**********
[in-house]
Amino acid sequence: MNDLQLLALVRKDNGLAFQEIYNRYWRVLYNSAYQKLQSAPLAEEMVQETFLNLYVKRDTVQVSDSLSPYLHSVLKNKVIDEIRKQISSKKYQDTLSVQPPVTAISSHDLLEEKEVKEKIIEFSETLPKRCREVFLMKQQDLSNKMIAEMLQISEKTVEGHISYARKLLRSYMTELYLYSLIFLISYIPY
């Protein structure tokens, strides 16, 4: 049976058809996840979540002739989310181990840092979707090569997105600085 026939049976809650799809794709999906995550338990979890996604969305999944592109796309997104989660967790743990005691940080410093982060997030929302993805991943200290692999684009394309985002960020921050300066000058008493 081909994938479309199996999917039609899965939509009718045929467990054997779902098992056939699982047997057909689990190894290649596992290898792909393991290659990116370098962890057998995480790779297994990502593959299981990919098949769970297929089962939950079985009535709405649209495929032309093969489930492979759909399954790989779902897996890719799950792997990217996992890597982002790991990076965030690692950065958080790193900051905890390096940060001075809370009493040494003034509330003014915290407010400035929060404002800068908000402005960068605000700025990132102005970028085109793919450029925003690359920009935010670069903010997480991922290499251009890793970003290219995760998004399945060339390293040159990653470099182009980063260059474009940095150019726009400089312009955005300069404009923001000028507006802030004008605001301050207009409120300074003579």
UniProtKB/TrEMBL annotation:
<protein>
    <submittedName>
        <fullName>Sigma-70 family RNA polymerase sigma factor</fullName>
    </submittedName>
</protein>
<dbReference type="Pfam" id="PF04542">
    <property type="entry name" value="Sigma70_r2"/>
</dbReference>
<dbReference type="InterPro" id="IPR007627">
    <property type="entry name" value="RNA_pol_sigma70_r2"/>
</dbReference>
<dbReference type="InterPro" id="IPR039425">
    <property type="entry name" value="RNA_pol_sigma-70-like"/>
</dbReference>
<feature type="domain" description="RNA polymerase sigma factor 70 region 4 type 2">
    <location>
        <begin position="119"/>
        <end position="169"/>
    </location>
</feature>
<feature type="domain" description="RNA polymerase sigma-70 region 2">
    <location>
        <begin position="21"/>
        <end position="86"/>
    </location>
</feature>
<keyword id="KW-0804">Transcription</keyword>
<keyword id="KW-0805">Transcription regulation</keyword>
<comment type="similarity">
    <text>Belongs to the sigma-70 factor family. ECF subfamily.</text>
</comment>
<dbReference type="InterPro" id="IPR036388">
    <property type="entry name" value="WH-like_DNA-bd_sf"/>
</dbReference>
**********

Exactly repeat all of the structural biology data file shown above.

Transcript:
[in-house]
Amino acid sequence: MNDLQLLALVRKDNGLAFQEIYNRYWRVLYNSAYQKLQSAPLAEEMVQETFLNLYVKRDTVQVSDSLSPYLHSVLKNKVIDEIRKQISSKKYQDTLSVQPPVTAISSHDLLEEKEVKEKIIEFSETLPKRCREVFLMKQQDLSNKMIAEMLQISEKTVEGHISYARKLLRSYMTELYLYSLIFLISYIPY
């Protein structure tokens, strides 16, 4: 049976058809996840979540002739989310181990840092979707090569997105600085 026939049976809650799809794709999906995550338990979890996604969305999944592109796309997104989660967790743990005691940080410093982060997030929302993805991943200290692999684009394309985002960020921050300066000058008493 081909994938479309199996999917039609899965939509009718045929467990054997779902098992056939699982047997057909689990190894290649596992290898792909393991290659990116370098962890057998995480790779297994990502593959299981990919098949769970297929089962939950079985009535709405649209495929032309093969489930492979759909399954790989779902897996890719799950792997990217996992890597982002790991990076965030690692950065958080790193900051905890390096940060001075809370009493040494003034509330003014915290407010400035929060404002800068908000402005960068605000700025990132102005970028085109793919450029925003690359920009935010670069903010997480991922290499251009890793970003290219995760998004399945060339390293040159990653470099182009980063260059474009940095150019726009400089312009955005300069404009923001000028507006802030004008605001301050207009409120300074003579």
UniProtKB/TrEMBL annotation:
<protein>
    <submittedName>
        <fullName>Sigma-70 family RNA polymerase sigma factor</fullName>
    </submittedName>
</protein>
<dbReference type="Pfam" id="PF04542">
    <property type="entry name" value="Sigma70_r2"/>
</dbReference>
<dbReference type="InterPro" id="IPR007627">
    <property type="entry name" value="RNA_pol_sigma70_r2"/>
</dbReference>
<dbReference type="InterPro" id="IPR039425">
    <property type="entry name" value="RNA_pol_sigma-70-like"/>
</dbReference>
<feature type="domain" description="RNA polymerase sigma factor 70 region 4 type 2">
    <location>
        <begin position="119"/>
        <end position="169"/>
    </location>
</feature>
<feature type="domain" description="RNA polymerase sigma-70 region 2">
    <location>
        <begin position="21"/>
        <end position="86"/>
    </location>
</feature>
<keyword id="KW-0804">Transcription</keyword>
<keyword id="KW-0805">Transcription regulation</keyword>
<comment type="similarity">
    <text>Belongs to the sigma-70 factor family. ECF subfamily.</text>
</comment>
<dbReference type="InterPro" id="IPR036388">
    <property type="entry name" value="WH-like_DNA-bd_sf"/>
</dbReference>